>Husband and I woke up early this morning and headed over to the gym to get a jump on the day.  One of the TVs in the gym was set to MTV, which was airing a rerun of Made.  Made is an interesting show in which high school-age teens tell MTV about a personal goal.  MTV hires a coach and sets them up with various experts to help them achieve whatever it is they set out to do.  It’s usually highly entertaining, filled with trials and tribulations, victories and setbacks, blah blah blah.

This morning’s episode was about a girl (Steph) in Arizona who wanted to be Miss Teen Arizona.  Her obstacles were multiple: 1. she had an interesting personality; 2. she was short; 3. she wasn’t “feminine;” 4. she had bad teeth; and 5. she was “curvy.”  Steph had a reputation at her school as a freak because she wore a lot of black and chains, liked “Lord of the Rings,” and was a “band dork.”  In other words, she was totally cool.  Of course, to win Miss Teen Arizona, she had to lose as much of that as possible.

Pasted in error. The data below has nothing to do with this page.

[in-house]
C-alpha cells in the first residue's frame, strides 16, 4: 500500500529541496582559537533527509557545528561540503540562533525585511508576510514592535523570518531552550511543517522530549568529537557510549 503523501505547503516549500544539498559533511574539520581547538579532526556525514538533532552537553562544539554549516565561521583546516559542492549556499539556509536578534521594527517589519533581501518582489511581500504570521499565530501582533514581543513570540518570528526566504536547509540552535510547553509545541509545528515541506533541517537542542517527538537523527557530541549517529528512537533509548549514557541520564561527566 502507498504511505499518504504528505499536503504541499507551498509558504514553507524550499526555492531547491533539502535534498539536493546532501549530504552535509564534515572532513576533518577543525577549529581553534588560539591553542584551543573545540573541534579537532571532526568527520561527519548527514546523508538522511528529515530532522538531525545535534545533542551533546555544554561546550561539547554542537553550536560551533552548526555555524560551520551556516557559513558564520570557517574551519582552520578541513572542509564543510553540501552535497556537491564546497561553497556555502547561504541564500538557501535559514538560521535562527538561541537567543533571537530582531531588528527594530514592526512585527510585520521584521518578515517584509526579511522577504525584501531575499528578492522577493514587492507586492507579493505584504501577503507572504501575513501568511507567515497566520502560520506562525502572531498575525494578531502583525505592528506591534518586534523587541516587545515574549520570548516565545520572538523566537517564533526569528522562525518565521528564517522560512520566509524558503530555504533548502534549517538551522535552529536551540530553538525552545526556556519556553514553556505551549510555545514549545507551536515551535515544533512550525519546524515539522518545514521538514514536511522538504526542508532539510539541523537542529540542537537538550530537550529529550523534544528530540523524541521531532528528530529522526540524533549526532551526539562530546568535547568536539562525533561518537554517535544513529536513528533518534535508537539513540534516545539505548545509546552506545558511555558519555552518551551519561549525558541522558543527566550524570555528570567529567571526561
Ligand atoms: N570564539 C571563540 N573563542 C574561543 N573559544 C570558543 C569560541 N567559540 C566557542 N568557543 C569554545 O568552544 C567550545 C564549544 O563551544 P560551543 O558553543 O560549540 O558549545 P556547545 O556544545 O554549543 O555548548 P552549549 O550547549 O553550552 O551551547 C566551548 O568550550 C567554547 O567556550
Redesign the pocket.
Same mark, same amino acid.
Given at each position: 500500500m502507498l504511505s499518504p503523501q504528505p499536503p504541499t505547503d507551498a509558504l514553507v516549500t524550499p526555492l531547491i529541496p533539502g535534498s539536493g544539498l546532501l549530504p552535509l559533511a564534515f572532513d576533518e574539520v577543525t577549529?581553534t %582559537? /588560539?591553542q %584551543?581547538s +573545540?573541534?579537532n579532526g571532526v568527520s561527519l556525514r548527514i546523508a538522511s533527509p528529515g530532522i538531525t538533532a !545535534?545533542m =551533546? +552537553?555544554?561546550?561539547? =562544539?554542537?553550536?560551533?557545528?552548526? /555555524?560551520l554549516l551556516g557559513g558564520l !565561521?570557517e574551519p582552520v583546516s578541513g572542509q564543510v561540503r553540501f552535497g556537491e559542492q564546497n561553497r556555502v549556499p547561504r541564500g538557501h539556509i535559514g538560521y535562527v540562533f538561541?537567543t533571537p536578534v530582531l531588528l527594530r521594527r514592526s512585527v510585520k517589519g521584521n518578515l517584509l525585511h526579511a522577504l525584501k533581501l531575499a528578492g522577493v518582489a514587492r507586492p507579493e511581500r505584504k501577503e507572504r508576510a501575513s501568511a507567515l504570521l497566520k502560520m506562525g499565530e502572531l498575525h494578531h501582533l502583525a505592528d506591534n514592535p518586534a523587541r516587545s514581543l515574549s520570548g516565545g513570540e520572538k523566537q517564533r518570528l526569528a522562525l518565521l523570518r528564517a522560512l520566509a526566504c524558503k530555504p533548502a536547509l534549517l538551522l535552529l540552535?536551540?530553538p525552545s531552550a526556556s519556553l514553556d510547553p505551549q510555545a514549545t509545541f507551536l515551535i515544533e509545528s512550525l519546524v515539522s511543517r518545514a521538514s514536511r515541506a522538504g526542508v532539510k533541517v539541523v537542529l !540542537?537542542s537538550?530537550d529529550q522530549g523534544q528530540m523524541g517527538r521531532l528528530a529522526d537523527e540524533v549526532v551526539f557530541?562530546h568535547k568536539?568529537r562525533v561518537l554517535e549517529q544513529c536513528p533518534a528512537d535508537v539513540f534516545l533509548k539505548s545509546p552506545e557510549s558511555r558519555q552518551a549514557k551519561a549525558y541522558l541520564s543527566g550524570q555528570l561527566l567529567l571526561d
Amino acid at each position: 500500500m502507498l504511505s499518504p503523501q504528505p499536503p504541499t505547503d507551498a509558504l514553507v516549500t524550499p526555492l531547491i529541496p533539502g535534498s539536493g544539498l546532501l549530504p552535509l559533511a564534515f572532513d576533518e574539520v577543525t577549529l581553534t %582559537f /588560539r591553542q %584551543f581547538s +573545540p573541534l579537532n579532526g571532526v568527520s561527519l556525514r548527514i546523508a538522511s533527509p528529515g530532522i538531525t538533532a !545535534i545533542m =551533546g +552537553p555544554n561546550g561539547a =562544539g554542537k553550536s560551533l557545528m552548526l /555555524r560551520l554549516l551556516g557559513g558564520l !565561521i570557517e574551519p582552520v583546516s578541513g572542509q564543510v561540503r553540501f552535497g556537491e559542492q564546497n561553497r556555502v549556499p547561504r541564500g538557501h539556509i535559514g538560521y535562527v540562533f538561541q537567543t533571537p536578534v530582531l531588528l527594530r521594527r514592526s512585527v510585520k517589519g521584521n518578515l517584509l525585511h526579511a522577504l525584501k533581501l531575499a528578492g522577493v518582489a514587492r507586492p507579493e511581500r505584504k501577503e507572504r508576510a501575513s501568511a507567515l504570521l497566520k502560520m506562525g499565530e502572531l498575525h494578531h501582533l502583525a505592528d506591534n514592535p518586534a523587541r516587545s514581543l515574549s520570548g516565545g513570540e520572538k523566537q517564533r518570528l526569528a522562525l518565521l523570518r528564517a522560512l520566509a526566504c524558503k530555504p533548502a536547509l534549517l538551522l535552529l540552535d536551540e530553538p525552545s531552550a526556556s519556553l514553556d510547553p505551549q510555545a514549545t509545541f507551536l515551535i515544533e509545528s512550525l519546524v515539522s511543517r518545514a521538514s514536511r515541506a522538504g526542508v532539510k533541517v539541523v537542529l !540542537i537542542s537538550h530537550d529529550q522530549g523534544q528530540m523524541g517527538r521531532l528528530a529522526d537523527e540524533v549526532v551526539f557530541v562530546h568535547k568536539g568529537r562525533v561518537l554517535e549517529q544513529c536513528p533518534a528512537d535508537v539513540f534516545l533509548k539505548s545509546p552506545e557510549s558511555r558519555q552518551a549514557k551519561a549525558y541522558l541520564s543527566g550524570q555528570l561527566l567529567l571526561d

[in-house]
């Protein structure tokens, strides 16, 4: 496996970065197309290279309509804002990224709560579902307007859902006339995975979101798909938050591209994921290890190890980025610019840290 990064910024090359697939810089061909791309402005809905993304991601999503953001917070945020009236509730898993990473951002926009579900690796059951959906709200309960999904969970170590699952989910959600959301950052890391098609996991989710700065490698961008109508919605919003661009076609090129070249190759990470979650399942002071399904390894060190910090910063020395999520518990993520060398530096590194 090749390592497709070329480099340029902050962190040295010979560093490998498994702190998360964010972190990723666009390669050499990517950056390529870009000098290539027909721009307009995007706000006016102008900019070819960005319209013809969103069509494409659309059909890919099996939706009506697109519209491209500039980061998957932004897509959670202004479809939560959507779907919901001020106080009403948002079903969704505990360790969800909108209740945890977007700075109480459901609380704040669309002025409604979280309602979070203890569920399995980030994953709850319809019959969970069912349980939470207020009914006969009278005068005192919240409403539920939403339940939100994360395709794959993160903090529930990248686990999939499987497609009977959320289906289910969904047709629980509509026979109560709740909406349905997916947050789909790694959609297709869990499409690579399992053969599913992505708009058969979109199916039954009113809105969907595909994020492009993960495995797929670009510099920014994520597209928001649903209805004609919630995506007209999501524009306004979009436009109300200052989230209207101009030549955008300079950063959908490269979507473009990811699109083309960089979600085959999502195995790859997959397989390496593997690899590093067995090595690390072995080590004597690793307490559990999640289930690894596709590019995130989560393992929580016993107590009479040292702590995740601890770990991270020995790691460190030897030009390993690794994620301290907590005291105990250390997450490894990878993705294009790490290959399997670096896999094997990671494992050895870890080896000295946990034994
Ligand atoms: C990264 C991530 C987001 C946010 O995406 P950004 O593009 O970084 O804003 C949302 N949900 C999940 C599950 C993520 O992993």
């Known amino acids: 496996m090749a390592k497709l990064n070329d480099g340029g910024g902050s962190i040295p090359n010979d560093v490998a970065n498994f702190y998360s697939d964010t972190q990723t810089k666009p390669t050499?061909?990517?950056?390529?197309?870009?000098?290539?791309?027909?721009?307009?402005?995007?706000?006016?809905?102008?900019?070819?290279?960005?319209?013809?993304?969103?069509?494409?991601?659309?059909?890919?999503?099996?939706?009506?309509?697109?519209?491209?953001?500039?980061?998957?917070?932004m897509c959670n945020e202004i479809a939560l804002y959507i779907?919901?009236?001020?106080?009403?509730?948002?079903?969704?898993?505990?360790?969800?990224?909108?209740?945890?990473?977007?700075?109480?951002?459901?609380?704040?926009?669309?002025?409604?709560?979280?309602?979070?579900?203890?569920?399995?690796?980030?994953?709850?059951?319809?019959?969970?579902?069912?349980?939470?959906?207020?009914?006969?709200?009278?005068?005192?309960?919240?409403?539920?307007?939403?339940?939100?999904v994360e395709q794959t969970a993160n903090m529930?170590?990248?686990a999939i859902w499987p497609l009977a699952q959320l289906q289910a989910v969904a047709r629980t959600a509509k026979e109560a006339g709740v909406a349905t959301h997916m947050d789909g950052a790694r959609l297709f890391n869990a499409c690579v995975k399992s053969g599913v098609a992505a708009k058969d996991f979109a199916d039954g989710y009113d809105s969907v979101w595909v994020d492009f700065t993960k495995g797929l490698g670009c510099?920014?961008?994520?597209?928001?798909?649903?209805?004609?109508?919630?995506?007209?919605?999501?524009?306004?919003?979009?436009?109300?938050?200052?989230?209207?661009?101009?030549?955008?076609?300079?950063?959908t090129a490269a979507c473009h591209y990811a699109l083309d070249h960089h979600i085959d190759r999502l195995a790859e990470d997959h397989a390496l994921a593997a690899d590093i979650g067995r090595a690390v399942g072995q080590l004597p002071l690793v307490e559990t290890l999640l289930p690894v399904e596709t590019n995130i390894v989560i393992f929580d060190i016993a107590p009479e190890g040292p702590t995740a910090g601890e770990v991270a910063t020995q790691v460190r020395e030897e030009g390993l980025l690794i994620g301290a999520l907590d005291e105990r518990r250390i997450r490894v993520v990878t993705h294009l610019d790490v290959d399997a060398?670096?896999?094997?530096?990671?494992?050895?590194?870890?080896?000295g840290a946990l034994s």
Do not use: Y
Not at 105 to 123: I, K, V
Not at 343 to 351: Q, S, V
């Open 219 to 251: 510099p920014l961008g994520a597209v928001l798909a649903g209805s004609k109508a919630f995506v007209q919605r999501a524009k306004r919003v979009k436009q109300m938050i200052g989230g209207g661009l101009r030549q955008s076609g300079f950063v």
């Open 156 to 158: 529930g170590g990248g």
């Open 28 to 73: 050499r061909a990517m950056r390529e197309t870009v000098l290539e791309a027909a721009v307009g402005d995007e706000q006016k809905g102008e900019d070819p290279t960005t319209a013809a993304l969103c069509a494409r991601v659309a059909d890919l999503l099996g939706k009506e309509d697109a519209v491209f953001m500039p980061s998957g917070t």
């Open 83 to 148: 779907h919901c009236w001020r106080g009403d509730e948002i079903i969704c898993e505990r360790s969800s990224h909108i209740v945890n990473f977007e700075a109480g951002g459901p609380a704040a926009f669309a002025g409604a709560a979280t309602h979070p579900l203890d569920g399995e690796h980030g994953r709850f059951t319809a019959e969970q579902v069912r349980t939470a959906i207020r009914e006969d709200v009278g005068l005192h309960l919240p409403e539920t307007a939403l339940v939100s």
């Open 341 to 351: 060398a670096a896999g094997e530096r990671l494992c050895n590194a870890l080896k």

Her Barbie coach did her best to stamp out any traces of individuality in Steph, but fortunately did not succeed entirely.  She did help Steph become more open to “normal” kids and to have a friendlier attitude in general, so that is good.  But of course there were the obligatory makeup, waxing, and fashion sessions that led Steph to look like any vacuous anonymous chick out there.  The saddest part is that the new “fashionable” Steph looks awful parading around in mini skirts and high heels.  If the coach insisted that Steph not wear her goth clothes, could she at least have helped her pick clothes that flatter her figure?  What a fucking awful coach!

The end result was predictably that Steph did not win the pageant (because she looks like me, people! Which is to say she is short, looks like she eats on a regular basis, and has not had cosmetic dental work!), but was happy because she felt people could now see that she was beautiful and feminine.  GAG.  PUKE.  VOMIT.  At least she was not a total automaton at the end and still valued the quirky aspects of her personality.